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The Keio Twin Research Center (KoTReC) was established in 2009 at Keio University to combine two longitudinal cohort projects — the Keio Twin Study (KTS) for adolescence and adulthood and the Tokyo Twin Cohort Project (ToTCoP) for infancy and childhood. KoTReC also conducted a two-time panel study of self-control and psychopathology in twin adolescence in 2012 and 2013 and three independent anonymous cross-sectional twin surveys (ToTcross) before 2012 — the ToTCross, the Junior and Senior High School Survey and the High School Survey. This article introduces the recent research designs of KoTReC and its publications.
The Keio Twin Research Center has conducted two longitudinal twin cohort projects and has collected three independent and anonymous twin data sets for studies of phenotypes related to psychological, socio-economic, and mental health factors. The Keio Twin Study has examined adolescent and adult cohorts, with a total of over 2,400 pairs of twins and their parents. DNA samples are available for approximately 600 of these twin pairs. The Tokyo Twin Cohort Project has followed a total of 1,600 twin pairs from infancy to early childhood. The large-scale cross-sectional twin study (CROSS) has collected data from over 4,000 twin pairs, from 3 to 26 years of age, and from two high school twin cohorts containing a total of 1,000 pairs of twins. These data sets of anonymous twin studies have mainly targeted academic performance, attitude, and social environment. The present article introduces the research designs and major findings of our center, such as genetic structures of cognitive abilities, personality traits, and academic performances, developmental effects of genes and environment on attitude, socio-cognitive ability and parenting, genes x environment interaction on attitude and conduct problem, and statistical methodological challenges and so on. We discuss the challenges in conducting twin research in Japan.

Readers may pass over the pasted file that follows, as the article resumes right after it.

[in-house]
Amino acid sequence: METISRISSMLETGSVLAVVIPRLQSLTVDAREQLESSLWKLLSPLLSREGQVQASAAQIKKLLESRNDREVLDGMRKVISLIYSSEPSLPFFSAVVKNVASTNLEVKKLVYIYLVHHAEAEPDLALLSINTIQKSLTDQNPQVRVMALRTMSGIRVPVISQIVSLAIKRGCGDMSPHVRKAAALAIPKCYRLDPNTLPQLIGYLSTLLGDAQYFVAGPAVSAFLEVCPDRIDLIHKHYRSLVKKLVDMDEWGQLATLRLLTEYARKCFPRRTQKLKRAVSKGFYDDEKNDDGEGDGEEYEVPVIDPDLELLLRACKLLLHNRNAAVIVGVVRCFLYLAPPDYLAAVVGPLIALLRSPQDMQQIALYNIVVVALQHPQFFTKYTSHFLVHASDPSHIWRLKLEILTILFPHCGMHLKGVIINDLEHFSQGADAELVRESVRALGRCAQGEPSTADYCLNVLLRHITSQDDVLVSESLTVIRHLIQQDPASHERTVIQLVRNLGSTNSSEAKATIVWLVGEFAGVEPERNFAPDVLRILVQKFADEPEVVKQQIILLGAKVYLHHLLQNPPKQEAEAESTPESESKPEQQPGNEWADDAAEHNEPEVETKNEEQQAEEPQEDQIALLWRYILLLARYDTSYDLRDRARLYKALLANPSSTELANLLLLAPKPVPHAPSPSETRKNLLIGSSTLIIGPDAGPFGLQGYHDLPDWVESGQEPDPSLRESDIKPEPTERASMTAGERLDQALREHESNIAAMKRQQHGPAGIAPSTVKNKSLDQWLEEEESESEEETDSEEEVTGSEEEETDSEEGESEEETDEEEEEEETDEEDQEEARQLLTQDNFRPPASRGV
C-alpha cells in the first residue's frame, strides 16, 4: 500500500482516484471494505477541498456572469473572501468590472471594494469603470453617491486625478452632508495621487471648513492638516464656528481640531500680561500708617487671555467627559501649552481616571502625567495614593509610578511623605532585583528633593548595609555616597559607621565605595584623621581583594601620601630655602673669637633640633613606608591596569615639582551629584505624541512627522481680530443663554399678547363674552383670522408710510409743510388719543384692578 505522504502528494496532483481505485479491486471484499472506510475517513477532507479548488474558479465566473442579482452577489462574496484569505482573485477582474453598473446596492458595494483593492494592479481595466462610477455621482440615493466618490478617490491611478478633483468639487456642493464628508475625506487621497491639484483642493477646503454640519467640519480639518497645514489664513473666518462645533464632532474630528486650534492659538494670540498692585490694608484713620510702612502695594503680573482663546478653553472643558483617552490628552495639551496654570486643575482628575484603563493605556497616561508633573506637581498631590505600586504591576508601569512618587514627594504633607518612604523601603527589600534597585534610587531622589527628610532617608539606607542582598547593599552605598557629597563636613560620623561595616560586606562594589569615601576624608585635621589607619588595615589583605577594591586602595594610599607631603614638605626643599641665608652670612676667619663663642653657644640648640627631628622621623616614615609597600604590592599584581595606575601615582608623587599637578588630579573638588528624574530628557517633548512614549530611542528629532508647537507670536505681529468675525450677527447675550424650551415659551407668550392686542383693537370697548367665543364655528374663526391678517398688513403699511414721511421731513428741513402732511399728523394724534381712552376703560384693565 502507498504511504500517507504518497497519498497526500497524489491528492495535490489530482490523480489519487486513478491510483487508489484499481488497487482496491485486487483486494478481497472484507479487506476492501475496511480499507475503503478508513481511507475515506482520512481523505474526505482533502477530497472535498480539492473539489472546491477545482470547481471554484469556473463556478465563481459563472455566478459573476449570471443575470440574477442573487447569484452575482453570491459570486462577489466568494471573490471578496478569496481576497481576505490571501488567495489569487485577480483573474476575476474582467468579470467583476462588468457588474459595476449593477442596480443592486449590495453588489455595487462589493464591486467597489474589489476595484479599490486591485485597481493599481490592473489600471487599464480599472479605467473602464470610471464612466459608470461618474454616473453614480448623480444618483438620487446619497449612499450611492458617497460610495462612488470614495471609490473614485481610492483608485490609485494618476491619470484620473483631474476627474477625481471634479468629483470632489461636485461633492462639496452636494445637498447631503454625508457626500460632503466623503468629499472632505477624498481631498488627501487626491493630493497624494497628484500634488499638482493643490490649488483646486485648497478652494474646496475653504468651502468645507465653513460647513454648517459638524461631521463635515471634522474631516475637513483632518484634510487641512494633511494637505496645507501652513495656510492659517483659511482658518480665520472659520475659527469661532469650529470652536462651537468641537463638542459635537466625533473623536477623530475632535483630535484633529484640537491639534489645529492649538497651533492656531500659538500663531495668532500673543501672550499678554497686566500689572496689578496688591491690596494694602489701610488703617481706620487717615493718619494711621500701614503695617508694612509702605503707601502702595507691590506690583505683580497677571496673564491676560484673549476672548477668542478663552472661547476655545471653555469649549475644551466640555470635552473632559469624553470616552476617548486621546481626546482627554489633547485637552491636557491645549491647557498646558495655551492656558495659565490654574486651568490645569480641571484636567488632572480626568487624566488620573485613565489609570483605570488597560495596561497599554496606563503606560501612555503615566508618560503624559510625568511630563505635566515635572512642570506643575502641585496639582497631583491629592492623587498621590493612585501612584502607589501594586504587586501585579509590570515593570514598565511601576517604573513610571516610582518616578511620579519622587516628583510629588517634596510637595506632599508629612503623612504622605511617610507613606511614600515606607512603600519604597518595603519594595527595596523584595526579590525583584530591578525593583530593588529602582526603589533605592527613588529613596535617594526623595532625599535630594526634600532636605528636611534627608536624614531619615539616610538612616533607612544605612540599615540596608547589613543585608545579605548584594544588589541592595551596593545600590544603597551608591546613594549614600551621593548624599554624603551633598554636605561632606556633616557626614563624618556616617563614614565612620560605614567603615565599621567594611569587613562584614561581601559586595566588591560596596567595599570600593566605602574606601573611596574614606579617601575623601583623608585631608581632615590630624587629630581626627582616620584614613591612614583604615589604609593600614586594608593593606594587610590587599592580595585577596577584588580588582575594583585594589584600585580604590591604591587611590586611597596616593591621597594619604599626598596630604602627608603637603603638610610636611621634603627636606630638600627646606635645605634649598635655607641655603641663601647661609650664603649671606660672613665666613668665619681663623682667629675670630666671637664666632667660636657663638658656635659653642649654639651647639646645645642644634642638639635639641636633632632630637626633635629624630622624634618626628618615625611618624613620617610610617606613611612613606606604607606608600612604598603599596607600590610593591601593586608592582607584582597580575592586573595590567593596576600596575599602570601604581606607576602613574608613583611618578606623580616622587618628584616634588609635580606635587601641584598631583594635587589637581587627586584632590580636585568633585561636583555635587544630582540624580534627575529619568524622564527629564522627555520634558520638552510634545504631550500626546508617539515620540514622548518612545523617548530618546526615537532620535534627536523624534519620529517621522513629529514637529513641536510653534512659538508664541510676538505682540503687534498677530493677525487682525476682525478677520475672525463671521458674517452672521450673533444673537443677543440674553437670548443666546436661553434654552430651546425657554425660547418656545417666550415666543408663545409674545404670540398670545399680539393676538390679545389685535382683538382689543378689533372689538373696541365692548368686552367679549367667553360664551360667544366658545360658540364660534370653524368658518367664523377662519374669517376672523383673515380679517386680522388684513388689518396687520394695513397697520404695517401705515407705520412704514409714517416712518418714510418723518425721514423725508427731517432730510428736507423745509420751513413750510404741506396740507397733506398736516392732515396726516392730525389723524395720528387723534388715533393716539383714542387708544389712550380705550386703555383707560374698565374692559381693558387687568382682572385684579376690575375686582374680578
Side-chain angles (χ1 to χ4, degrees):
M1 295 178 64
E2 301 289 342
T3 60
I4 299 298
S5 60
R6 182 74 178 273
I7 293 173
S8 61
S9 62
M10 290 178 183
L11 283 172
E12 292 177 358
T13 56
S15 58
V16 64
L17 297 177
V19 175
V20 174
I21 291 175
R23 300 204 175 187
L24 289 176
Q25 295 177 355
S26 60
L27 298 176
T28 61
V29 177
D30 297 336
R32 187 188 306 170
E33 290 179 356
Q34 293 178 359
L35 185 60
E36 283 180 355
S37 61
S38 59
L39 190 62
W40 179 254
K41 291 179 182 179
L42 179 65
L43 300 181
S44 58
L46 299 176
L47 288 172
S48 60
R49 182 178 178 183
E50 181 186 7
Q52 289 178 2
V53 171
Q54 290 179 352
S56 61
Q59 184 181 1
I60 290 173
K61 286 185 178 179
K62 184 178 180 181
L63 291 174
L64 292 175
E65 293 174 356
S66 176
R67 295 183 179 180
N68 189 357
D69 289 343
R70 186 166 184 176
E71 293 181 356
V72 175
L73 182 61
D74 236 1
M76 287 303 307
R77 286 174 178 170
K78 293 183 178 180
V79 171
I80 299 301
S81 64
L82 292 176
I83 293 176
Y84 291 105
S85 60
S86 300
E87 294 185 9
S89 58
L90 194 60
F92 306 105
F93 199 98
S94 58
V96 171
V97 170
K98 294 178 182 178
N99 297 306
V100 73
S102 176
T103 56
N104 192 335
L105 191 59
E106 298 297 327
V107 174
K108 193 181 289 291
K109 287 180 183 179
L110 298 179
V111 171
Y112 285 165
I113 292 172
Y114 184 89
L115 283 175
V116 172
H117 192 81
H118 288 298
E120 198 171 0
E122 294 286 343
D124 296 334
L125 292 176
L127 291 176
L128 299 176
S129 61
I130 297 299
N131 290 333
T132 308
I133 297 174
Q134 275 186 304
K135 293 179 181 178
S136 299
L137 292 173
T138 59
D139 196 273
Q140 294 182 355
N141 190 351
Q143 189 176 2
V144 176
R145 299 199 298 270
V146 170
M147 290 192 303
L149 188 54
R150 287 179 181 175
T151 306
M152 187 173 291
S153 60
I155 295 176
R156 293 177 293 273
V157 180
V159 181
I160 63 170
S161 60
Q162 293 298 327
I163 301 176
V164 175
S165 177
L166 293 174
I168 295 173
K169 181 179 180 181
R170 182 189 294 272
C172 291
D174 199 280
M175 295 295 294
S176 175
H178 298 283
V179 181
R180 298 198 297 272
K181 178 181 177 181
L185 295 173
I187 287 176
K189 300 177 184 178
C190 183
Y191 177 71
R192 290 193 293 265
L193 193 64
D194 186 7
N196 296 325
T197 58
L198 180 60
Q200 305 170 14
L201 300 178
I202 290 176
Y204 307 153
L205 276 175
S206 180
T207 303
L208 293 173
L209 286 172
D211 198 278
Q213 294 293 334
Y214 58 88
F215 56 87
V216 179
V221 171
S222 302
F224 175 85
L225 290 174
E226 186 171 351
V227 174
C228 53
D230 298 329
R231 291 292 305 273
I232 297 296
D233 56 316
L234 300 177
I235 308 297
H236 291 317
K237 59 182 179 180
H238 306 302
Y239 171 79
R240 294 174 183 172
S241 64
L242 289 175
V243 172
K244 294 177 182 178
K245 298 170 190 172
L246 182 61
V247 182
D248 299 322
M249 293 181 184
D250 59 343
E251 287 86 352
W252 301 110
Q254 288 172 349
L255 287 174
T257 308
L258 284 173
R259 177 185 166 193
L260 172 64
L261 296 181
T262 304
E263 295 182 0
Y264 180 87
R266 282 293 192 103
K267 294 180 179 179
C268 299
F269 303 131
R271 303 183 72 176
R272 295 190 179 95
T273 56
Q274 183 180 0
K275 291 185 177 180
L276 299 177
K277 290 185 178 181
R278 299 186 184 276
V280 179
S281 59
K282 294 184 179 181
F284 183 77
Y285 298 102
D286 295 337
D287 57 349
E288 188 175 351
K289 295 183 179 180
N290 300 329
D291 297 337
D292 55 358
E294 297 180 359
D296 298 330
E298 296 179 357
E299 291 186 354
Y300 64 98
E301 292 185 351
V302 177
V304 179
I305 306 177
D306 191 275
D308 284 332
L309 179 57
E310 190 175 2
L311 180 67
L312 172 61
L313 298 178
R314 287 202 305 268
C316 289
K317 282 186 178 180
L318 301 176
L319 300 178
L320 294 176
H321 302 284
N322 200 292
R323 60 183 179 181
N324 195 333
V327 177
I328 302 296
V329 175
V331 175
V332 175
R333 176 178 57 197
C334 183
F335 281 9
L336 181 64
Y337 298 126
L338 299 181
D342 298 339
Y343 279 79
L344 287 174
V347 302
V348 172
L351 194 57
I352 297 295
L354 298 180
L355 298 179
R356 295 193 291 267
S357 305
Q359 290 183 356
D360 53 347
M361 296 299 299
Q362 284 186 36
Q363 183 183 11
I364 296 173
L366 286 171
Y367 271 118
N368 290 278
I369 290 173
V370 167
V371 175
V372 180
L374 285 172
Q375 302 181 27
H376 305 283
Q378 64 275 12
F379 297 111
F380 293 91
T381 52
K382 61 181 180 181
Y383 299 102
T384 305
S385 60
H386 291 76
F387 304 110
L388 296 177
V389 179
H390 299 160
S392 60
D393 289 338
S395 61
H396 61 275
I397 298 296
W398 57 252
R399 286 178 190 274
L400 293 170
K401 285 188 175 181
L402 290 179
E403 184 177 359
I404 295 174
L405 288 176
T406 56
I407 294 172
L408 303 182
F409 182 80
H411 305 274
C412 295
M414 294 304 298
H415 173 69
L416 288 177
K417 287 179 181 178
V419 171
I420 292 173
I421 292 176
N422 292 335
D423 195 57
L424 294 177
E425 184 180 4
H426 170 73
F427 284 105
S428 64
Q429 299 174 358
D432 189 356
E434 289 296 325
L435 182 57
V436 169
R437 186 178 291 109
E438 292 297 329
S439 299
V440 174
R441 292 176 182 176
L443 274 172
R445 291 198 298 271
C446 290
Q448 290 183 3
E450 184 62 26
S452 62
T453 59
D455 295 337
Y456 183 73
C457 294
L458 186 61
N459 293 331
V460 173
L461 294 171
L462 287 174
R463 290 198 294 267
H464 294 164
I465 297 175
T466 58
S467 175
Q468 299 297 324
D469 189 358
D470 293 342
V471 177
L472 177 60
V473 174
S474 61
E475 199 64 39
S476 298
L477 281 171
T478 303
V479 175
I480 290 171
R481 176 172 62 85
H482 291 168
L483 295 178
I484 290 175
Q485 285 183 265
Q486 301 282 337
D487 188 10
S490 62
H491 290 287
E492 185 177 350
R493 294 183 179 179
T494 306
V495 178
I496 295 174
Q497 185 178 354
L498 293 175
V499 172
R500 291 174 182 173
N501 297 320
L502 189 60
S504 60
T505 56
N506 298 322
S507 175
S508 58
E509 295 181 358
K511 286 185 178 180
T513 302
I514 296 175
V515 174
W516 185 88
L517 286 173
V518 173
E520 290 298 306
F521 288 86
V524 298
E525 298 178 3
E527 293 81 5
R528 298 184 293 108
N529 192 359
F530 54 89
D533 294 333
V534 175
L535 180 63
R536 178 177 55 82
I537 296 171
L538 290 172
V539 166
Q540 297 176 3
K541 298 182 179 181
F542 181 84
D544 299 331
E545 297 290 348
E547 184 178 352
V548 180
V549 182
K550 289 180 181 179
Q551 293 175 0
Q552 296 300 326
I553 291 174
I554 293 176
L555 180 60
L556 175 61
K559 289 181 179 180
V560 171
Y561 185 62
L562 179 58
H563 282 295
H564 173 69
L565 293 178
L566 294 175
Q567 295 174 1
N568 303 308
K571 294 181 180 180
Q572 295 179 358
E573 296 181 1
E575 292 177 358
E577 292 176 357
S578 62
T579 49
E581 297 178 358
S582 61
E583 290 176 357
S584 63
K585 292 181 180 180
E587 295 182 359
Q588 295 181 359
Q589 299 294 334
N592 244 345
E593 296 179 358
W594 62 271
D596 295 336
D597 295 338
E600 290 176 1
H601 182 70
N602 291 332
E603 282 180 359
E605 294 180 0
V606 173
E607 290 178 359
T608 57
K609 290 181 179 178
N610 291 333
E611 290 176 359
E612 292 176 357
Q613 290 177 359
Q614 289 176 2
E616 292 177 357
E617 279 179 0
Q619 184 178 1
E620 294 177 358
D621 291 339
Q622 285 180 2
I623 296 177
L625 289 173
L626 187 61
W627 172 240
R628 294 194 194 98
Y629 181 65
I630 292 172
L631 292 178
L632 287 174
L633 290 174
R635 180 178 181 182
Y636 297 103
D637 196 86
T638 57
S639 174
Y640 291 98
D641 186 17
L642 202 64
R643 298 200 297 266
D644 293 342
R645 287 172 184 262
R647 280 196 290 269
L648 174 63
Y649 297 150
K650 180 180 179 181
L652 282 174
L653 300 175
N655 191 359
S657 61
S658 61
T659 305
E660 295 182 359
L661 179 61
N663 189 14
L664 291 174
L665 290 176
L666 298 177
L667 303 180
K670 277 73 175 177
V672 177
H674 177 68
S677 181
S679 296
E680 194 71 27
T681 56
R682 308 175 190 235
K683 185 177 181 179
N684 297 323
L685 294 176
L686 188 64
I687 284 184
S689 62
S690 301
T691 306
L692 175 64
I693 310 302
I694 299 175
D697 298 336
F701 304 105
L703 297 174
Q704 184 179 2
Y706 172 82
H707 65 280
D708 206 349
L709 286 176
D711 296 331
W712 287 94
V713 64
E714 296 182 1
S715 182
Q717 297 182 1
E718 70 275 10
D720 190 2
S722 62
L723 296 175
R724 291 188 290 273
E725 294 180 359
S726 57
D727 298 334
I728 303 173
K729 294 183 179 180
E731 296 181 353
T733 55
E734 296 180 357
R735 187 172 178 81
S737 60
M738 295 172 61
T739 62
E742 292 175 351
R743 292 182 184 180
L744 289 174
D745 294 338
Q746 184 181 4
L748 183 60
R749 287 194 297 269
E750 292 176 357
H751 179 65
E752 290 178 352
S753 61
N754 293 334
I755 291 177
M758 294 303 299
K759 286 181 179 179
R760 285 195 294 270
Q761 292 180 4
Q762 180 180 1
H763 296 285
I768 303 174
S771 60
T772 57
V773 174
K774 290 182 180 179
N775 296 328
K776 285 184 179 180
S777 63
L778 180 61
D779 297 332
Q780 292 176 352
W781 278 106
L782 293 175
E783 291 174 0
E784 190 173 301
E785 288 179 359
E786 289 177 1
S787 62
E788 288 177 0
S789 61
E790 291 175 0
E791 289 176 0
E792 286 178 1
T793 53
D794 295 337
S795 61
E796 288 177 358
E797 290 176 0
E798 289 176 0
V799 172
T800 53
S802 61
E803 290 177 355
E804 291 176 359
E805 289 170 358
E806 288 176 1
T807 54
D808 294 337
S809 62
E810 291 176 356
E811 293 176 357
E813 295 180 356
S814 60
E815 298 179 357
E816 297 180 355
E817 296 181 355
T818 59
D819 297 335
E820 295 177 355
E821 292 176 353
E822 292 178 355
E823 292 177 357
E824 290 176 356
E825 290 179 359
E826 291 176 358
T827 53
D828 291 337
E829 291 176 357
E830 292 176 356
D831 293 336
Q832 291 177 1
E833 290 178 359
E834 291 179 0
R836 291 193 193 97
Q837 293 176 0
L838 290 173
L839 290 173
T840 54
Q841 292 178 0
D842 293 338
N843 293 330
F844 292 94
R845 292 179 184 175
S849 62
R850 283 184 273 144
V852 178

Amultidisciplinary collaborative study examining cognition in a large sample of twins is outlined. A common experimental protocol and design is used in The Netherlands, Australia and Japan to measure cognitive ability using traditional IQ measures (i.e., psychometric IQ), processing speed (e.g., reaction time [RT] and inspection time [IT]), and working memory (e.g., spatial span, delayed response [DR] performance). The main aim is to investigate the genetic covariation among these cognitive phenotypes in order to use the correlated biological markers in future linkage and association analyses to detect quantitativetrait loci (QTLs). We outline the study and methodology, and report results from our preliminary analyses that examines the heritability of processing speed and working memory indices, and their phenotypic correlation with IQ. Heritability of Full Scale IQ was 87% in the Netherlands, 83% in Australia, and 71% in Japan. Heritability estimates for processing speed and working memory indices ranged from 33–64%. Associations of IQ with RT and IT (−0.28 to −0.36) replicated previous findings with those of higher cognitive ability showing faster speed of processing. Similarly, significant correlations were indicated between IQ and the spatial span working memory task (storage [0.31], executive processing [0.37]) and the DR working memory task (0.25), with those of higher cognitive ability showing better memory performance. These analyses establish the heritability of the processing speed and working memory measures to be used in our collaborative twin study of cognition, and support the findings that individual differences in processing speed and working memory may underlie individual differences in psychometric IQ.
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